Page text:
Nada está claro (Nothing is clear) 2015
Wall drawing using an Ecuadorian 50 cent coin
Variable dimensions

Concerned with Latin America's countless development failures, the work reflects on the dollarization and its influence on the economic system and its construct. Using an Ecuadorian dollar as graphic material to draw a Faux Crown Molding around the entire exhibition space, illustrates how currency, like any other ideological system, can wear down its utility and value.

The Ecuadorian peso was renamed as the Sucre on March 22, 1884, after Latin American political leader Antonio José de Sucre, and was then linked to the silver standard. The decline of the international price of silver during the 1890s prompted Ecuador to switch to the gold standard on November 3, 1898. The Sucre became inconvertible shortly after World War I began in 1914 due to international political tension. Despite extensive measures to support the Sucre's value, the exchange rate continued to rapidly decline. As a result of the 1998–99 financial crisis, president Jamil Mahuad announced that the US dollar was to be adopted as Ecuador's official currency, although the US dollar already had wide informal use in Ecuador before this decision was made. Today, the Ecuadorian dollar is produced by the United States Mint and circulates in denominations of 1, 5, 10, 25 and 50 cents identical in size, weight, and value to their U.S. counterparts. So far, dollarization has not remedied Ecuador's economic problems, but neither was having its own national currency. Experts agree that de-dollarizing Ecuador's economy today would trigger market uncertainty and lead the country to even greater economic instability, which would inevitably hurt Ecuador.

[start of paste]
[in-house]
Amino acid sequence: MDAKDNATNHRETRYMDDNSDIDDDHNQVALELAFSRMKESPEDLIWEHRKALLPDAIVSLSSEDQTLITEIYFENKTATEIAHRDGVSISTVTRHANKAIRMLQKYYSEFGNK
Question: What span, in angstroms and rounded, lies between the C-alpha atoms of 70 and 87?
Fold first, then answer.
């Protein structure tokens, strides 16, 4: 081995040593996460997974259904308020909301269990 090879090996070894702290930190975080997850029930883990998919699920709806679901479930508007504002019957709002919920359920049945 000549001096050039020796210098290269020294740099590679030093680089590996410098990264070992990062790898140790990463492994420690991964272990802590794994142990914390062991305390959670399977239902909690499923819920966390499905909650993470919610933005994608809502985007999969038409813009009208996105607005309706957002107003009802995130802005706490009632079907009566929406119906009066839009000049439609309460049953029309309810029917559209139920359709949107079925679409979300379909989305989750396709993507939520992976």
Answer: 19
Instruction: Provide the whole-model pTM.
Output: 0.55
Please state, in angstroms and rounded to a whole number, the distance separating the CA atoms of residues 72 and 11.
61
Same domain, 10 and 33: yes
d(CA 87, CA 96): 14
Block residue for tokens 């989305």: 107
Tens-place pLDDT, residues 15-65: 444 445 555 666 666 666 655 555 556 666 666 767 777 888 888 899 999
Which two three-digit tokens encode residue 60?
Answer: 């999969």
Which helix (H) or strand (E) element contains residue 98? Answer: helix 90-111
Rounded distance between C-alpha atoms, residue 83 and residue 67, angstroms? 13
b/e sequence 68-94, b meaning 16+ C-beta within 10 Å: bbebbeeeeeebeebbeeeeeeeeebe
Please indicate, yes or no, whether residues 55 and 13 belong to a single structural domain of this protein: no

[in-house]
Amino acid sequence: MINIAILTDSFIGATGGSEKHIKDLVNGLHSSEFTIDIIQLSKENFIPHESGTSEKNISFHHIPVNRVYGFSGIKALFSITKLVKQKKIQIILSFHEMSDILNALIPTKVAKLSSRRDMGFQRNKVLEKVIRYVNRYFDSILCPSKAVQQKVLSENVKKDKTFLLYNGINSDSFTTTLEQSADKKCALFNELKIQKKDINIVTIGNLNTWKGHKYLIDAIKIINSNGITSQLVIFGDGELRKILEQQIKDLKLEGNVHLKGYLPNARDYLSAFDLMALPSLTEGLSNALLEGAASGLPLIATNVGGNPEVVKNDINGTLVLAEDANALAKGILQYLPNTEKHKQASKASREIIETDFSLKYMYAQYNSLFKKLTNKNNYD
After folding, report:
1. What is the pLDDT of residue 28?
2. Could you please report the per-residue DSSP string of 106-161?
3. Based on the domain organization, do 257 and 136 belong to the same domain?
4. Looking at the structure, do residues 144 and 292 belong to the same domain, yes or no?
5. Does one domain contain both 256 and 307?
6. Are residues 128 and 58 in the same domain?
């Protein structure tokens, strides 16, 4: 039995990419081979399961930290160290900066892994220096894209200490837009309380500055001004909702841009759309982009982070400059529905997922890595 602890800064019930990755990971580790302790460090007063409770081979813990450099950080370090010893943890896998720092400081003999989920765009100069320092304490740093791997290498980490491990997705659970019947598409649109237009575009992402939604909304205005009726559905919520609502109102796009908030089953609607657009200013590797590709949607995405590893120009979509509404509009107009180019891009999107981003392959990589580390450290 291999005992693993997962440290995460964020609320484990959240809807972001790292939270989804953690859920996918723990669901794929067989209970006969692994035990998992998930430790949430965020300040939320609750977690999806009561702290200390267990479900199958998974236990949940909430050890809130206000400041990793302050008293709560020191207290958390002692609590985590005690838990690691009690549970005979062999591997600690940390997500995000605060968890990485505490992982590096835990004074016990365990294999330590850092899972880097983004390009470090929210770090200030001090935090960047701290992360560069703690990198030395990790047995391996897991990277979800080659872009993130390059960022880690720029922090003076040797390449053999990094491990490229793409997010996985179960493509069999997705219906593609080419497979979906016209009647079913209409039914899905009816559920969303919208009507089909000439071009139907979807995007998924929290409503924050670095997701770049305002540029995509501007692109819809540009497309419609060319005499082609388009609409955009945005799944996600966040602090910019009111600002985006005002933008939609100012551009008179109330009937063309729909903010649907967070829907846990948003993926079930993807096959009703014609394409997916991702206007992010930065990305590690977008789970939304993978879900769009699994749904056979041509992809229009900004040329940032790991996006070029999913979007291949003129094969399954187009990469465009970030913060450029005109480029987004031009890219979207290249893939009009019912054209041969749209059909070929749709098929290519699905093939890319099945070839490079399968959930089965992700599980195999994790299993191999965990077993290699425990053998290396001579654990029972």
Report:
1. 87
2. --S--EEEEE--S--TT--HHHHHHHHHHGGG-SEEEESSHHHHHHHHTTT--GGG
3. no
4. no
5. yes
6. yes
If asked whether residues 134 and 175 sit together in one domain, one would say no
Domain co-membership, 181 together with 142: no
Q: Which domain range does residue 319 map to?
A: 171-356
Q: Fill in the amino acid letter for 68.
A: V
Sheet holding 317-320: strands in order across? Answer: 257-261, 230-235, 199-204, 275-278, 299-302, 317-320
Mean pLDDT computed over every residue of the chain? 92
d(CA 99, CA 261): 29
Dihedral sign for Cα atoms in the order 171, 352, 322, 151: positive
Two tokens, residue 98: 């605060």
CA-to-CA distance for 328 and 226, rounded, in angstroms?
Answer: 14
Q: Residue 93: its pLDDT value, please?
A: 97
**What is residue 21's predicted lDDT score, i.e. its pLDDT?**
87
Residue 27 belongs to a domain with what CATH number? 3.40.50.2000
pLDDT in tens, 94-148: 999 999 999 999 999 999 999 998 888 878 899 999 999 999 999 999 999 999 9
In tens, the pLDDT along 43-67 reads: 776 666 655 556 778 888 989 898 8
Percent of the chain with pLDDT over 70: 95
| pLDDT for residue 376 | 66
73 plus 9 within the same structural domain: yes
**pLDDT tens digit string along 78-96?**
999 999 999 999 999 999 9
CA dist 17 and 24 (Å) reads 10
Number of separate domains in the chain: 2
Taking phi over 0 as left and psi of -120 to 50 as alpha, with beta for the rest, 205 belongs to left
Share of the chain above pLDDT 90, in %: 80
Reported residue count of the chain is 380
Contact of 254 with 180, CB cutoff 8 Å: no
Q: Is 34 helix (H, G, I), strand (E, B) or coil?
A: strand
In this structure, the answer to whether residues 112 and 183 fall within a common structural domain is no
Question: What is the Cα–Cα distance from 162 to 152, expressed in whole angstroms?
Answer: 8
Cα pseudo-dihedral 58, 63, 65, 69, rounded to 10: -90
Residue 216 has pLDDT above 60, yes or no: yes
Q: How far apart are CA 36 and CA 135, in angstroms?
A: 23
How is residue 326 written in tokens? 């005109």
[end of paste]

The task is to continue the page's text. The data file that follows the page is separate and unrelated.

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Nada está claro 2015 
Installation at Casa 18 espacio de arte in Quito, Ecuador